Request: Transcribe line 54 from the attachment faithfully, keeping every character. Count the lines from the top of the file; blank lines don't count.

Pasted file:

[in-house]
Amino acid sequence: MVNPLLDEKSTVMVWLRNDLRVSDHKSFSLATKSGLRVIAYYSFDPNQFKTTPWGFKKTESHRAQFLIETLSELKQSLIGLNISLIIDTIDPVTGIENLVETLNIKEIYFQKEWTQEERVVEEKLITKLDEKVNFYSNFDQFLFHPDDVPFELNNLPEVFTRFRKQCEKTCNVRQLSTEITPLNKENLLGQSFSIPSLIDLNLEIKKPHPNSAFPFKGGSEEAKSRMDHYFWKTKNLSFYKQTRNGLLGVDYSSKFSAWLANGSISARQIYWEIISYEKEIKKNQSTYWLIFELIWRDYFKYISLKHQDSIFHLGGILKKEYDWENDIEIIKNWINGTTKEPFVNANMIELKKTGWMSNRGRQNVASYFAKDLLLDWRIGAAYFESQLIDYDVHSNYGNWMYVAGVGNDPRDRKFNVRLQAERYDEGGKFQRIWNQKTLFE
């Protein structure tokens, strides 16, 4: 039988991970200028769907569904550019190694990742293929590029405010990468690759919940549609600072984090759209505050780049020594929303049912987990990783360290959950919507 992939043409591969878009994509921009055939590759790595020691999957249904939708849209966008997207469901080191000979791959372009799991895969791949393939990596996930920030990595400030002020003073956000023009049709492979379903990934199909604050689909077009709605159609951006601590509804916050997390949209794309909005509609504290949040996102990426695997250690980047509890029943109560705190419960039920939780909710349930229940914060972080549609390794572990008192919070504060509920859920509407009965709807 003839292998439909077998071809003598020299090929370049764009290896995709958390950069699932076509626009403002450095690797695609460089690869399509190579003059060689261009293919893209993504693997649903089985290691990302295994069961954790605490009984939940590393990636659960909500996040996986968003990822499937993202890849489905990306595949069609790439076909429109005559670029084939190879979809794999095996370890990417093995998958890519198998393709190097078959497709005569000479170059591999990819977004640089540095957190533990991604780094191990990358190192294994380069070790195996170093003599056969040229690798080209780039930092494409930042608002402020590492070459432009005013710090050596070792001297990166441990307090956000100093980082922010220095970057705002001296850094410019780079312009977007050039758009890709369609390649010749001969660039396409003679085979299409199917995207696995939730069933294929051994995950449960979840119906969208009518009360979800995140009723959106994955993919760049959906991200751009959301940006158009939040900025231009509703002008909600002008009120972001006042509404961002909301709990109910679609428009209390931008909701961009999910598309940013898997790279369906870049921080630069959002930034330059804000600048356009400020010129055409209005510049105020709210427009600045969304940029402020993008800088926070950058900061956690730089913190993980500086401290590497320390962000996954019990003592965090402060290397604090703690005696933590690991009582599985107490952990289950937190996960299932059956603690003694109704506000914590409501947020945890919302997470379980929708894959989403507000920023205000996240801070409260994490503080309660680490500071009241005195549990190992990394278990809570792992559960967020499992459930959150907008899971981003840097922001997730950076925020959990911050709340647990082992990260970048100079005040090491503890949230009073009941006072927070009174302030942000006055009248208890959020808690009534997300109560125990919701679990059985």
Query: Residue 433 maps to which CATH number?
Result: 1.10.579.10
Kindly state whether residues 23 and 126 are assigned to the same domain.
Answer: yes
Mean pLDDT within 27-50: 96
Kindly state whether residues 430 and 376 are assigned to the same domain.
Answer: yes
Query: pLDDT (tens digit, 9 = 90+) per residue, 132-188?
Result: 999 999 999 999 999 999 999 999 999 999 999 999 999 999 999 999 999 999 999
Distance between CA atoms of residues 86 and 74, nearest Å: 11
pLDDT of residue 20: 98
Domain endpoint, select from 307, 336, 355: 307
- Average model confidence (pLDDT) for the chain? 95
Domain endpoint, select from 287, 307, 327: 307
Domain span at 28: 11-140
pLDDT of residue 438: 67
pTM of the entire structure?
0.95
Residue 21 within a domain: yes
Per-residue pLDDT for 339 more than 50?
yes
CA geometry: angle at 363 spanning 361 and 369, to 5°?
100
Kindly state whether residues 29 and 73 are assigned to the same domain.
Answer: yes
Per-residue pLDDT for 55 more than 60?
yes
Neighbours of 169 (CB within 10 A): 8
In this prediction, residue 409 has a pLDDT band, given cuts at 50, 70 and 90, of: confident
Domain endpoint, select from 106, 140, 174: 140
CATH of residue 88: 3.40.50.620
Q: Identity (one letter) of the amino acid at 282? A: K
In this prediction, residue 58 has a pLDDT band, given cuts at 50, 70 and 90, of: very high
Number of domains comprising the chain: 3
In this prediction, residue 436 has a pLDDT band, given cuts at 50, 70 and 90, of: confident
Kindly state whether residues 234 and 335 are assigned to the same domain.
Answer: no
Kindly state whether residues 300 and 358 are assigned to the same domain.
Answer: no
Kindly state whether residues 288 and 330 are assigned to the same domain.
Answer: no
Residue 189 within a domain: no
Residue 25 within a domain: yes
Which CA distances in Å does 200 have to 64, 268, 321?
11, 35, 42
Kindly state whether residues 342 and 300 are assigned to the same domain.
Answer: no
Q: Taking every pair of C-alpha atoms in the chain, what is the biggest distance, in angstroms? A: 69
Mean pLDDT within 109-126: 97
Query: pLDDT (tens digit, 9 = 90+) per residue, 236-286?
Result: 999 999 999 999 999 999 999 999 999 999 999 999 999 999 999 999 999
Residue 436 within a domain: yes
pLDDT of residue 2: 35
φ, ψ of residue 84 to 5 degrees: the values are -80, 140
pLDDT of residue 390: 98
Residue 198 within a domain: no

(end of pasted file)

Result: 999 999 999 999 999 999 999 999 999 999 999 999 999 999 999 999 999